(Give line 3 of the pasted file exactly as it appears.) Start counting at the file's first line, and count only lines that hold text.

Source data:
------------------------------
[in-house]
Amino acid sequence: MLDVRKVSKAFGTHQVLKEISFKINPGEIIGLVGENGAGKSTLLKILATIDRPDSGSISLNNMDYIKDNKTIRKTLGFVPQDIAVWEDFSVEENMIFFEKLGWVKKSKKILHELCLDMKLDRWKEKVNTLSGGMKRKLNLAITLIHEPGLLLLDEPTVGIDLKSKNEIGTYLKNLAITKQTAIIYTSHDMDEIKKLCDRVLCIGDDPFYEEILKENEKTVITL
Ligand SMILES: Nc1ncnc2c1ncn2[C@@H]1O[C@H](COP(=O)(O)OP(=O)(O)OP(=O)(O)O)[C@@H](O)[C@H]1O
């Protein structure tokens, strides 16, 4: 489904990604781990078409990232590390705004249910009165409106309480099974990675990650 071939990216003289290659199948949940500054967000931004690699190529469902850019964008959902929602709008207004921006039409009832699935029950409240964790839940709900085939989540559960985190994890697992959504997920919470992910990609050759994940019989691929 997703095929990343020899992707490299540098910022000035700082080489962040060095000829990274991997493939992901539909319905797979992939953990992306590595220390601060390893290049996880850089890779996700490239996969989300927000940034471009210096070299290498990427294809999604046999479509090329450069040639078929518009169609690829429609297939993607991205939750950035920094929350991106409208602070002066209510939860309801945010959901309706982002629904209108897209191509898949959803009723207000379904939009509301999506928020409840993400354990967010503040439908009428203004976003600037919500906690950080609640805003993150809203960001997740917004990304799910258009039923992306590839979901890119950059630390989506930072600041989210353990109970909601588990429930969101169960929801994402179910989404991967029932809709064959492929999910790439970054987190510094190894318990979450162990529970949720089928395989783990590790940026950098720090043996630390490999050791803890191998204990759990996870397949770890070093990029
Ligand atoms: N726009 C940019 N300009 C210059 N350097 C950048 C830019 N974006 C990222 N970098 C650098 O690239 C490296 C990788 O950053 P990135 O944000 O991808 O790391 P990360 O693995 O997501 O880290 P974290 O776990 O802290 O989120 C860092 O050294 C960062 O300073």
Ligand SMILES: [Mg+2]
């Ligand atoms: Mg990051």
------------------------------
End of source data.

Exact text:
Ligand SMILES: Nc1ncnc2c1ncn2[C@@H]1O[C@H](COP(=O)(O)OP(=O)(O)OP(=O)(O)O)[C@@H](O)[C@H]1O